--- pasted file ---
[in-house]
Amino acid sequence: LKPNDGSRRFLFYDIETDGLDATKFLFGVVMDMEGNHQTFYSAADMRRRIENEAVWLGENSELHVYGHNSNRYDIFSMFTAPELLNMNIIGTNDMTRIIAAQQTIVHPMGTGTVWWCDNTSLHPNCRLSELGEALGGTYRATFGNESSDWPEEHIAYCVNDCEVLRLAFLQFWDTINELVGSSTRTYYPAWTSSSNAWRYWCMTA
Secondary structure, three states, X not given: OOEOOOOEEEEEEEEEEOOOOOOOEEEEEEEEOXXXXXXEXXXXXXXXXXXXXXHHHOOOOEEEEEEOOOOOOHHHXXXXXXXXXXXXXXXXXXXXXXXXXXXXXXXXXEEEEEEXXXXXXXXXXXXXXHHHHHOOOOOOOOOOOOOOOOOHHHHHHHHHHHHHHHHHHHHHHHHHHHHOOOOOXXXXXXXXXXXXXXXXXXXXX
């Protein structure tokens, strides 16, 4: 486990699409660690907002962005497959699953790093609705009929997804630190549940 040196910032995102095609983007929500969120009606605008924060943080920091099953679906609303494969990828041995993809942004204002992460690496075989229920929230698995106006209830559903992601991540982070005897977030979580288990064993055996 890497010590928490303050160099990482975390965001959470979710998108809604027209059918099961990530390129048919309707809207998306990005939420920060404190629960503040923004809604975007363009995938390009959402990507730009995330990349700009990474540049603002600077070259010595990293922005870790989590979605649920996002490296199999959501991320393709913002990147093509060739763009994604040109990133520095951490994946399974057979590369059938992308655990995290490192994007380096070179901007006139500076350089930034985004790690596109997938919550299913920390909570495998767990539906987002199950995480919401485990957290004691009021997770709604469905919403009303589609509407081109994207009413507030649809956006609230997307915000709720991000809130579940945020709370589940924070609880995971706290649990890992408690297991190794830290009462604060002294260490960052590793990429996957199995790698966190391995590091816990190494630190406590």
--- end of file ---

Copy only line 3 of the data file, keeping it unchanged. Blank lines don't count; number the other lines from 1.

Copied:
Secondary structure, three states, X not given: OOEOOOOEEEEEEEEEEOOOOOOOEEEEEEEEOXXXXXXEXXXXXXXXXXXXXXHHHOOOOEEEEEEOOOOOOHHHXXXXXXXXXXXXXXXXXXXXXXXXXXXXXXXXXEEEEEEXXXXXXXXXXXXXXHHHHHOOOOOOOOOOOOOOOOOHHHHHHHHHHHHHHHHHHHHHHHHHHHHOOOOOXXXXXXXXXXXXXXXXXXXXX